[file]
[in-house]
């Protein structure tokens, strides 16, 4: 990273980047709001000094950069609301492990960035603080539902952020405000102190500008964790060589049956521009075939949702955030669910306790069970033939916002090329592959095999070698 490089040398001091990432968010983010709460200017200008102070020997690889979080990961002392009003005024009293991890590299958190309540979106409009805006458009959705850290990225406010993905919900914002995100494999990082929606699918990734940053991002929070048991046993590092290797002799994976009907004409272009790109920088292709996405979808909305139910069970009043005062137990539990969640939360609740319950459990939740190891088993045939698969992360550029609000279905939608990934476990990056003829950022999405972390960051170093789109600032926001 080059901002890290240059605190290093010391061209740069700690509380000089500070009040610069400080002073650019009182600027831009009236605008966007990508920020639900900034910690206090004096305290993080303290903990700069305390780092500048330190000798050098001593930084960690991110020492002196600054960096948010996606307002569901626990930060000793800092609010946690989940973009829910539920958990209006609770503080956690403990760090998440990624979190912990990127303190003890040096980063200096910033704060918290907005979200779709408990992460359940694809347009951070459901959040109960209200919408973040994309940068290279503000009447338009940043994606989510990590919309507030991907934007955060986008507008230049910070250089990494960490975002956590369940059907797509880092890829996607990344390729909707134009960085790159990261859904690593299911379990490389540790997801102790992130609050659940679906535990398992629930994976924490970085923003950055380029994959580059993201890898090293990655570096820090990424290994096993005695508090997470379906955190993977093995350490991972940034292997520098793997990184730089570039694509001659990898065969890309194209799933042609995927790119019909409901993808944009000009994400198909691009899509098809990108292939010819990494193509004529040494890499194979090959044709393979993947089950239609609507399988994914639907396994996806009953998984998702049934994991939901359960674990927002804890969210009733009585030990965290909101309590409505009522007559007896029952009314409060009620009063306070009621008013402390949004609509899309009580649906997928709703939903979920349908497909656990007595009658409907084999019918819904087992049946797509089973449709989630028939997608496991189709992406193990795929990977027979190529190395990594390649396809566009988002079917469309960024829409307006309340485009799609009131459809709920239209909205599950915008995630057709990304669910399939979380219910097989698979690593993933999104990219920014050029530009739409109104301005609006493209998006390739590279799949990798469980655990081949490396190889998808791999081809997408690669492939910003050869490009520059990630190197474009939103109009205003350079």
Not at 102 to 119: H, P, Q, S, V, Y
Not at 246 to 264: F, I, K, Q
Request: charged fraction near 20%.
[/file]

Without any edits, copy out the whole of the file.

[in-house]
């Protein structure tokens, strides 16, 4: 990273980047709001000094950069609301492990960035603080539902952020405000102190500008964790060589049956521009075939949702955030669910306790069970033939916002090329592959095999070698 490089040398001091990432968010983010709460200017200008102070020997690889979080990961002392009003005024009293991890590299958190309540979106409009805006458009959705850290990225406010993905919900914002995100494999990082929606699918990734940053991002929070048991046993590092290797002799994976009907004409272009790109920088292709996405979808909305139910069970009043005062137990539990969640939360609740319950459990939740190891088993045939698969992360550029609000279905939608990934476990990056003829950022999405972390960051170093789109600032926001 080059901002890290240059605190290093010391061209740069700690509380000089500070009040610069400080002073650019009182600027831009009236605008966007990508920020639900900034910690206090004096305290993080303290903990700069305390780092500048330190000798050098001593930084960690991110020492002196600054960096948010996606307002569901626990930060000793800092609010946690989940973009829910539920958990209006609770503080956690403990760090998440990624979190912990990127303190003890040096980063200096910033704060918290907005979200779709408990992460359940694809347009951070459901959040109960209200919408973040994309940068290279503000009447338009940043994606989510990590919309507030991907934007955060986008507008230049910070250089990494960490975002956590369940059907797509880092890829996607990344390729909707134009960085790159990261859904690593299911379990490389540790997801102790992130609050659940679906535990398992629930994976924490970085923003950055380029994959580059993201890898090293990655570096820090990424290994096993005695508090997470379906955190993977093995350490991972940034292997520098793997990184730089570039694509001659990898065969890309194209799933042609995927790119019909409901993808944009000009994400198909691009899509098809990108292939010819990494193509004529040494890499194979090959044709393979993947089950239609609507399988994914639907396994996806009953998984998702049934994991939901359960674990927002804890969210009733009585030990965290909101309590409505009522007559007896029952009314409060009620009063306070009621008013402390949004609509899309009580649906997928709703939903979920349908497909656990007595009658409907084999019918819904087992049946797509089973449709989630028939997608496991189709992406193990795929990977027979190529190395990594390649396809566009988002079917469309960024829409307006309340485009799609009131459809709920239209909205599950915008995630057709990304669910399939979380219910097989698979690593993933999104990219920014050029530009739409109104301005609006493209998006390739590279799949990798469980655990081949490396190889998808791999081809997408690669492939910003050869490009520059990630190197474009939103109009205003350079």
Not at 102 to 119: H, P, Q, S, V, Y
Not at 246 to 264: F, I, K, Q
Request: charged fraction near 20%.